Oh, month of March, how I dread you! This is the time of year when I assemble all of my tax information; I just finished, so all of this is fresh in my mind (and annoyingly in my dreams!). While I really ought to—and every year resolve to—tackle this project in February, I will seek out pretty much every possible diversion (down to pencil sharpening, which I don’t even do during composing procrastination!) to avoid the drudgery. Preparing tax returns is one of my least favorite activities on planet earth.
However, when the organizing and tallying of income and expenses is over, I have nice, neat lists of the previous year’s financial landscape. The good news: my income has gone up (almost) every year I have been claiming independent composer-hood. The less-good news: as one might expect, expenses as a whole also go up! The interesting part, from an “historical” perspective, is how the level and type of expenses have varied over the years; it’s not only a sort of personal financial journal, but also a reflection of changes in technology and in career development. It would be interesting to see a ten-year-or-so analysis of expenses incurred by a selection of self-employed artists at different ages and career stages. A few alterations in my own recent expenses popped out this year:
Postage expenses have plummeted, especially in the past two years.
Hurray for digital submissions! It makes me smile every time an application process can be completed totally within the digital realm, not to mention when a request for music can be fulfilled by attachments and/or links. Weirdly, I still feel like I visit the post office a lot, but I spend less than ¼ of what I used to over the course of 12 months.
The same goes for office supplies.
Again, yay digital submissions! Buying fewer padded envelopes and fewer spindles of blank CD-Rs is wonderful, as is having a little extra shelf and closet space as a result.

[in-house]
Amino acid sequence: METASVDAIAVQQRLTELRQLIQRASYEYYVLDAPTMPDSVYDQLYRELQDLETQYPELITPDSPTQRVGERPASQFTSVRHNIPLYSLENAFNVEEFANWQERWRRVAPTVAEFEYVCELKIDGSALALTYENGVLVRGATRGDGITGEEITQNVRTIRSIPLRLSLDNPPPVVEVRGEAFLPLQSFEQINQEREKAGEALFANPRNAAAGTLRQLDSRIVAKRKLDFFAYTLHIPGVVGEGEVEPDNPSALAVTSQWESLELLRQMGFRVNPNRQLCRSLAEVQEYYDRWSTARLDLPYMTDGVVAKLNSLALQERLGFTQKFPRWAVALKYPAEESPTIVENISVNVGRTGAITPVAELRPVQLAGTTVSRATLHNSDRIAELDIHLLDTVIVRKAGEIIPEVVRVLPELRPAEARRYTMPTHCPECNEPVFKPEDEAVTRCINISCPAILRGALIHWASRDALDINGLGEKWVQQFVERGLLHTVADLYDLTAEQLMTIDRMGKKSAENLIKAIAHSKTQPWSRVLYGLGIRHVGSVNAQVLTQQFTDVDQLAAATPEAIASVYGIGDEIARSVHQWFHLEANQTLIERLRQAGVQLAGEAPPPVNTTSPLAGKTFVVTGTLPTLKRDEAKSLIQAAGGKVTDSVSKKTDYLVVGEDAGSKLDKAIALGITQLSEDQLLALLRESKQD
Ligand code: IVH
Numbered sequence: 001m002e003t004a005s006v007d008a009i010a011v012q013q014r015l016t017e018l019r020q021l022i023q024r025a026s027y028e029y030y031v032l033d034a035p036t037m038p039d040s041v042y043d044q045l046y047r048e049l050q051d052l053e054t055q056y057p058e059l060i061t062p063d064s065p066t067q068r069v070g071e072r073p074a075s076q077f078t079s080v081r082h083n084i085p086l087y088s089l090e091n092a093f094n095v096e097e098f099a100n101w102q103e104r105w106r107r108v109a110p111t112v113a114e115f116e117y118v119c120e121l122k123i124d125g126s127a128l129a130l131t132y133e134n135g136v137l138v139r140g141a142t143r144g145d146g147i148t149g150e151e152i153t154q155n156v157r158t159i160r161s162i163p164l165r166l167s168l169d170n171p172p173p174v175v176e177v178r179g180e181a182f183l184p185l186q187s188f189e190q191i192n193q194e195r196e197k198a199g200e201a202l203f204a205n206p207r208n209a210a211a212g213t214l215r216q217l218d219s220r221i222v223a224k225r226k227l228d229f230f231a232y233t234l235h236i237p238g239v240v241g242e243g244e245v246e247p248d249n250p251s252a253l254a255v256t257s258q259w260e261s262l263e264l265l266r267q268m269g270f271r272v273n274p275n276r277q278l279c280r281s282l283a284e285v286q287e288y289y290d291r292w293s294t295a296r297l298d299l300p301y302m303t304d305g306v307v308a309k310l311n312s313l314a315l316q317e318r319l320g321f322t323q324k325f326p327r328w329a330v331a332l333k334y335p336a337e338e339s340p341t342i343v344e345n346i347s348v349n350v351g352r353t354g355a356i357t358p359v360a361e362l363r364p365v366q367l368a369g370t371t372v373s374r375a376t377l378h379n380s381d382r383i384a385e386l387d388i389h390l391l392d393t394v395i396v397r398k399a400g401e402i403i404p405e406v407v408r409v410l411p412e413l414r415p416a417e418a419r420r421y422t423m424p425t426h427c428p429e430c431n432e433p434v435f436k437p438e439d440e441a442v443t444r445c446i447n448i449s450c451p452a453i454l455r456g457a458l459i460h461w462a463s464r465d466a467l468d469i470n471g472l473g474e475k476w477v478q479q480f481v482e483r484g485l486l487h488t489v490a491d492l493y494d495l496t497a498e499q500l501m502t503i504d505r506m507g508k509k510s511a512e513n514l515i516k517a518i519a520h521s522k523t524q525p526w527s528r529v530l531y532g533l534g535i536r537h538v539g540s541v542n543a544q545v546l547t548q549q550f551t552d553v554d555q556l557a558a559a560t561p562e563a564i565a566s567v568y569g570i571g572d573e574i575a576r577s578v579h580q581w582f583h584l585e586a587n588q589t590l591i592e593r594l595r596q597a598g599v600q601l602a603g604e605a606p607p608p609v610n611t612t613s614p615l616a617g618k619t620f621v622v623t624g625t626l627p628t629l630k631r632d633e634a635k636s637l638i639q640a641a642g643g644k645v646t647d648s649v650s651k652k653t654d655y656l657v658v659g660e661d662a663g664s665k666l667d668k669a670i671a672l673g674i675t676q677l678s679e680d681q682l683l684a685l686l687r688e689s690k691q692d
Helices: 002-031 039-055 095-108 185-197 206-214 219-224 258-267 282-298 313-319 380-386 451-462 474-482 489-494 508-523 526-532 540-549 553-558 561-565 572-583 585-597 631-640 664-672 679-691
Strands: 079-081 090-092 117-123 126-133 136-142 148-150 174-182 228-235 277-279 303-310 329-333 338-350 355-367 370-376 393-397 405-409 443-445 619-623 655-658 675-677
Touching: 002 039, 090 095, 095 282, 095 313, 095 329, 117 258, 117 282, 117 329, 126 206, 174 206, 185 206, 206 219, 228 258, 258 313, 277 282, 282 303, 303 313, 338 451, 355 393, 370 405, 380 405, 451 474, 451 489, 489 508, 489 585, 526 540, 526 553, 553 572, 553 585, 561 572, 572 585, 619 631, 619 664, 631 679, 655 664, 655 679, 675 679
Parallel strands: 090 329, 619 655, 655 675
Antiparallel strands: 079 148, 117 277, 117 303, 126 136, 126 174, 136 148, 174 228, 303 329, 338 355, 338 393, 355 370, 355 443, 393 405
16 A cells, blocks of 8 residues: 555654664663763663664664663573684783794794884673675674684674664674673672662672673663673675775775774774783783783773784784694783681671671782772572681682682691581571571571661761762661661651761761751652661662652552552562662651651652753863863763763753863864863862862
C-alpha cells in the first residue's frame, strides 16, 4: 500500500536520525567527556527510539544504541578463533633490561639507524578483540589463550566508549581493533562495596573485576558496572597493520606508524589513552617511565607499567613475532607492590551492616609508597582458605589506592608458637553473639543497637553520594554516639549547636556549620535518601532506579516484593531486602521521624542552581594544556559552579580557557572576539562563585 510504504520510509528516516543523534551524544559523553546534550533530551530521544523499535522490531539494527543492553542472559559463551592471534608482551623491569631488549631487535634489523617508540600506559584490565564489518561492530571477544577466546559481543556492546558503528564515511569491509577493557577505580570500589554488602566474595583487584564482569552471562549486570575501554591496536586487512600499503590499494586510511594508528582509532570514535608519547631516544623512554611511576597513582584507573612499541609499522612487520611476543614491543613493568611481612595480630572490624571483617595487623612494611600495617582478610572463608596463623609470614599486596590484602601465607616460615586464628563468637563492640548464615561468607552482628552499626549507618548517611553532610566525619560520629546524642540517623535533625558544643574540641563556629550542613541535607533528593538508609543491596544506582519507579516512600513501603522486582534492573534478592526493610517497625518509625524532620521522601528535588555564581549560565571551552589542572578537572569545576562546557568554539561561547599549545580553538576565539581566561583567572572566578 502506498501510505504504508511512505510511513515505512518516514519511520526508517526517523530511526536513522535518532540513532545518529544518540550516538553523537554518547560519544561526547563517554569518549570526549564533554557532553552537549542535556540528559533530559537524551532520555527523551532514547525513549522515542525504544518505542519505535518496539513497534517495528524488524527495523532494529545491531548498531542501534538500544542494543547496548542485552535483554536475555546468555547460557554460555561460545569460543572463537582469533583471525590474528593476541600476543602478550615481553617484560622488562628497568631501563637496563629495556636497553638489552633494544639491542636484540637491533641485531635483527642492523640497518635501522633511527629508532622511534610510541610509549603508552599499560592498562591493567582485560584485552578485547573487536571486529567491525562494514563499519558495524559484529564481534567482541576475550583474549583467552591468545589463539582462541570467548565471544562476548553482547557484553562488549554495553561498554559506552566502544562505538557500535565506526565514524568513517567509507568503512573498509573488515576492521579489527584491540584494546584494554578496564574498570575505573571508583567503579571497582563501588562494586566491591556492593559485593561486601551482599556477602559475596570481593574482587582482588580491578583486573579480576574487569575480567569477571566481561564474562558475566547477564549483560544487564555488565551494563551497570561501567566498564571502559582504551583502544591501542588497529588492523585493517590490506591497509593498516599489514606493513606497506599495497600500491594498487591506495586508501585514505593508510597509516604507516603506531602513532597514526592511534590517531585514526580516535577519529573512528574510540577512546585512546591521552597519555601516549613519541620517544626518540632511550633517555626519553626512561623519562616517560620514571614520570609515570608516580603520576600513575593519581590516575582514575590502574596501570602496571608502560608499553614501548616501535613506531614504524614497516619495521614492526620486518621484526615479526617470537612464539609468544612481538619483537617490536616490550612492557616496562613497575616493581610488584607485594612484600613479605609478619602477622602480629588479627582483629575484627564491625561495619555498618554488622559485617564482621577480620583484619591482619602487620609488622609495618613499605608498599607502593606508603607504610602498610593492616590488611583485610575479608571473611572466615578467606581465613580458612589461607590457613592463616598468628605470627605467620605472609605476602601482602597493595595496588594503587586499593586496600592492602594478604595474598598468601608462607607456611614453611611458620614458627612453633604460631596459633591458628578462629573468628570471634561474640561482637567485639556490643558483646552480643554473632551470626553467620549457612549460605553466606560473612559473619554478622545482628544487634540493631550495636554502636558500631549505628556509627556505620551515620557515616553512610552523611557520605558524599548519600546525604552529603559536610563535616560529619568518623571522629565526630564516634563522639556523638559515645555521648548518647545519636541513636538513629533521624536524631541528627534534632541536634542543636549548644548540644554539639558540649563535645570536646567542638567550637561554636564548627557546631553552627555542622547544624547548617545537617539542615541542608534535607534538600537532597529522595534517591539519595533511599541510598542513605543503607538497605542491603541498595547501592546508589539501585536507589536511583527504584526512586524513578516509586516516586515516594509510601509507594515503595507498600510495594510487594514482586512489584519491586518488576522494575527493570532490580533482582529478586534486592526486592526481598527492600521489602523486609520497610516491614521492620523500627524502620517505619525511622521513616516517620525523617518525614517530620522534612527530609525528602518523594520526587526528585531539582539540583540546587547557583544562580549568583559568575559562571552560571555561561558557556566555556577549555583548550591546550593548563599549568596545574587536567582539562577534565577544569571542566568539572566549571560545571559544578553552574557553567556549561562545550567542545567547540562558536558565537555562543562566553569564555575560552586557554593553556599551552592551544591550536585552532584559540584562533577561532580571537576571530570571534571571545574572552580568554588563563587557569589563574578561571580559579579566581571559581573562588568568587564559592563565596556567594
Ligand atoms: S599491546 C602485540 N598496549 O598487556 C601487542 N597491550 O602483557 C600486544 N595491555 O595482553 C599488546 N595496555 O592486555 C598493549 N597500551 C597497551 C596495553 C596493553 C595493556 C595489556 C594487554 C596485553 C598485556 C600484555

Travel expenses have gone down.
This is not so much because I travel any less, but more because travel expenses are more often reimbursed. Needless to say, this is awesome! (Note: Even if airfare and hotel are reimbursed, it’s still possible to deduct the GSA M&IE per diem rates for the days spent away from home.)
Meals and “Entertainment” are up.
Another function of age and career advancement, I suppose, is that now there are more actual work-related meetings over nice meals.
Contract labor and professional fees are up… a lot.
Sometimes a lawyer needs to be involved in a negotiation. Sometimes a composer needs a copyist. Or a PR consultation. I am accustomed to having a collection of 1099-MISC forms in my tax documents, but 2012 was the first year I have had to prepare them for others!
Anyway, what I’m really curious about is what your methods of keeping track of all this information are. How do you do it? Do you manage your records on a weekly, monthly, or yearly basis? Do you use one software program, several, or maybe just pencil and paper? I find these forms very helpful, but I have a hard time keeping expenses updated on a monthly basis, and end up spending a long time dealing with most of the previous year (which involves information scattered over several sources) in March! Help!